- by Bryan Veldboom - updated on 8/17/2021
Riding a moped or scooter is a great way to cut down on your gas consumption while running short errands around town. Often times, these two terms are used interchangeably, but in reality, mopeds and scooters are actually quite different. Today we'll be discussing the differences between mopeds and scooters and how they compare in terms of design, engine size and speed. Plus, we'll take a look at what kind of batteries they rely on.
At first glance, mopeds and scooters look very similar. Both are lightweight, two-wheeled vehicles that are much smaller than a motorcycle. Look closer though and you'll begin to see differences. A moped looks a lot like a bicycle. In fact, mopeds originally had fully functional pedals, although those have been largely phased out in modern mopeds.
When we mention scooters here, we're not talking about electronic or kick scooters like the kind made by Razor. The scooters we're discussing are two-wheeled and feature a "step-through" chassis with a gap between the handlebars and seat. Over the years, many mopeds have also adopted this step-through design, which often times makes it difficult to tell mopeds and scooters apart. Scooters also typically have a platform for your feet and feature smaller diameter wheels than a moped.
The biggest difference between mopeds and scooters is the size of their engines. Mopeds typically have engines that are 50cc (cubic centimeters) or smaller, while scooters are equipped with more powerful engines that range between 50cc to 250cc.
This difference in engine size corresponds to a sizable difference in the vehicles' top speeds. Mopeds top out at 40mph, although most models feature a maximum speed of between 28 and 30mph. Scooters can go much faster. For instance, a model with a 150cc engine can reach speeds between 50 and 60mph.
Mopeds and scooters also differ in where you can drive them. Because of their smaller engines and slower speeds, mopeds aren't allowed on highways. Scooters are a bit more versatile when it comes to roadways. Some places do allow them on highways, although this will vary from state to state and will often depend on your scooter's engine size or minimum horsepower.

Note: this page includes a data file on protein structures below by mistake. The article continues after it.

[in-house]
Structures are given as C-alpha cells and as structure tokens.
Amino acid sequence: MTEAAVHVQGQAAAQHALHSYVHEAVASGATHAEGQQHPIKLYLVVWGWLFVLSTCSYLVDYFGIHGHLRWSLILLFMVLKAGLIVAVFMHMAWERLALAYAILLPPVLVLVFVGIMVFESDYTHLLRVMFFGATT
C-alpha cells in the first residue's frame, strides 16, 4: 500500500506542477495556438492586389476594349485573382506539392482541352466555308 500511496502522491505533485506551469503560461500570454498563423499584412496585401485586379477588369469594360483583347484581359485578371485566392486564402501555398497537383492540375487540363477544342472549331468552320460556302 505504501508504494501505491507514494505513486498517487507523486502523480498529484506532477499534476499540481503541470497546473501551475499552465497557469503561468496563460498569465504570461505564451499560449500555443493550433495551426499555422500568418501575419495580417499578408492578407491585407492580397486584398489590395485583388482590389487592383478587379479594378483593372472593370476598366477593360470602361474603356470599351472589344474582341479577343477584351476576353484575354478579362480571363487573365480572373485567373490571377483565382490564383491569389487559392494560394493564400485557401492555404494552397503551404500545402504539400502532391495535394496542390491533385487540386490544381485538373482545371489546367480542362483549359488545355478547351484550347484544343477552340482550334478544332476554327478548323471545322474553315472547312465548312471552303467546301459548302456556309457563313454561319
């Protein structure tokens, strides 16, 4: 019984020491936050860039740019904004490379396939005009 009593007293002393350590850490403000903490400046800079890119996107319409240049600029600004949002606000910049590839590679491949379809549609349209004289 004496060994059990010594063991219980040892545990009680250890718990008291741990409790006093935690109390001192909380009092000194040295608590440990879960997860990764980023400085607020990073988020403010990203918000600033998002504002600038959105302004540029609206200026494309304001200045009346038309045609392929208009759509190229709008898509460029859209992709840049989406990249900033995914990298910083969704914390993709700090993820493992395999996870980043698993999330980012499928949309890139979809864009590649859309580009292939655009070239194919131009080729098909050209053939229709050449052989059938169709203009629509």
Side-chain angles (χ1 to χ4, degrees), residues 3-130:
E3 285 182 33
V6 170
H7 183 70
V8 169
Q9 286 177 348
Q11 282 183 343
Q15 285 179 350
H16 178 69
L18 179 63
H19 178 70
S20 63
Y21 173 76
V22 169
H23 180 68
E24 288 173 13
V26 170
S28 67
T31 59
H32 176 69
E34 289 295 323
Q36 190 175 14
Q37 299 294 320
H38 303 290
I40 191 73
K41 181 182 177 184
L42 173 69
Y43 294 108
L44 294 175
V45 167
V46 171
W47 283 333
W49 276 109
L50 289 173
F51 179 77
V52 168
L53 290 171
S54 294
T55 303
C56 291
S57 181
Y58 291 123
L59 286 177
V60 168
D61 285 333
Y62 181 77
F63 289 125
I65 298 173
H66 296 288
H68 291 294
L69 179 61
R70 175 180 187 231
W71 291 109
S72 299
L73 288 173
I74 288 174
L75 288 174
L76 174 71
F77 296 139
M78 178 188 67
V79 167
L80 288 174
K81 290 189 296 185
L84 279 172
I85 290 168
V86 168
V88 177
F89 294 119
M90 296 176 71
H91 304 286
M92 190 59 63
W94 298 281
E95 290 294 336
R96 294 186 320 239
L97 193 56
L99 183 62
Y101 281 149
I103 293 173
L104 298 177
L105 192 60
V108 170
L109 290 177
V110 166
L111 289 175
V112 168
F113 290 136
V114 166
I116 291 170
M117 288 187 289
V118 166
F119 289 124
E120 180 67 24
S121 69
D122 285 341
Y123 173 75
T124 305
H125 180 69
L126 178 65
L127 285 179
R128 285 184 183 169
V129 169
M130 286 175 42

Batteries are one of the area's where mopeds and scooters are very similar. Because of the cold cranking amps needed for these vehicles, both mopeds and scooters utilize powersport batteries.
When selecting a battery for your moped or scooter you have two different options: lead acid or lithium iron phosphate (LiFePO4). Lead acid will cost you less upfront, however an LiFePO4 battery offers a number of advantages over lead acid. LiFePO4 batteries are lighter, recharge faster and provide a longer lifespan. If you have the extra money, a LiFePO4 battery is well worth the investment.
Powersport batteries will typically last between two and four years, provided that you're maintaining them properly. If you want to get the maximum life out of your battery, proper charging is key. That means finding a charger that fits your battery's voltage and chemistry.
Here are some additional maintenance tips:
Batteries Plus can provide you with everything you need to keep your moped or scooter running smoothly. Have you been experiencing issues with your battery's performance? Bring it to your nearest Batteries Plus and we'll test it for you, free of charge. Need a replacement? Shop our selection of scooter and moped batteries.
If you're in the market for a new charger, visit our motorcycle chargers page. Since motorcycles also run on powersport batteries, the chargers featured there will work with your moped or scooter.